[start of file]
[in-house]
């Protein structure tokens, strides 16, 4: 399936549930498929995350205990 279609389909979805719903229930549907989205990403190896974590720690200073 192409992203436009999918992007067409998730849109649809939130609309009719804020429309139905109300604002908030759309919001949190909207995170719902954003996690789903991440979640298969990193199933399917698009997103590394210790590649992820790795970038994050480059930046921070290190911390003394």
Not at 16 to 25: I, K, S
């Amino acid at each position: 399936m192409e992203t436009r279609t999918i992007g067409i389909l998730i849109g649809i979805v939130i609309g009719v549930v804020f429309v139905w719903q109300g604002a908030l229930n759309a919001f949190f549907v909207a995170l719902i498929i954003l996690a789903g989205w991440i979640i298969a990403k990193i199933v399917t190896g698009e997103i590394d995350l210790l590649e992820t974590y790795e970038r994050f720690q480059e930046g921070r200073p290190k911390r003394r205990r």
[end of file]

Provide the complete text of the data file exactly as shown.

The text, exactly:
[in-house]
């Protein structure tokens, strides 16, 4: 399936549930498929995350205990 279609389909979805719903229930549907989205990403190896974590720690200073 192409992203436009999918992007067409998730849109649809939130609309009719804020429309139905109300604002908030759309919001949190909207995170719902954003996690789903991440979640298969990193199933399917698009997103590394210790590649992820790795970038994050480059930046921070290190911390003394």
Not at 16 to 25: I, K, S
């Amino acid at each position: 399936m192409e992203t436009r279609t999918i992007g067409i389909l998730i849109g649809i979805v939130i609309g009719v549930v804020f429309v139905w719903q109300g604002a908030l229930n759309a919001f949190f549907v909207a995170l719902i498929i954003l996690a789903g989205w991440i979640i298969a990403k990193i199933v399917t190896g698009e997103i590394d995350l210790l590649e992820t974590y790795e970038r994050f720690q480059e930046g921070r200073p290190k911390r003394r205990r």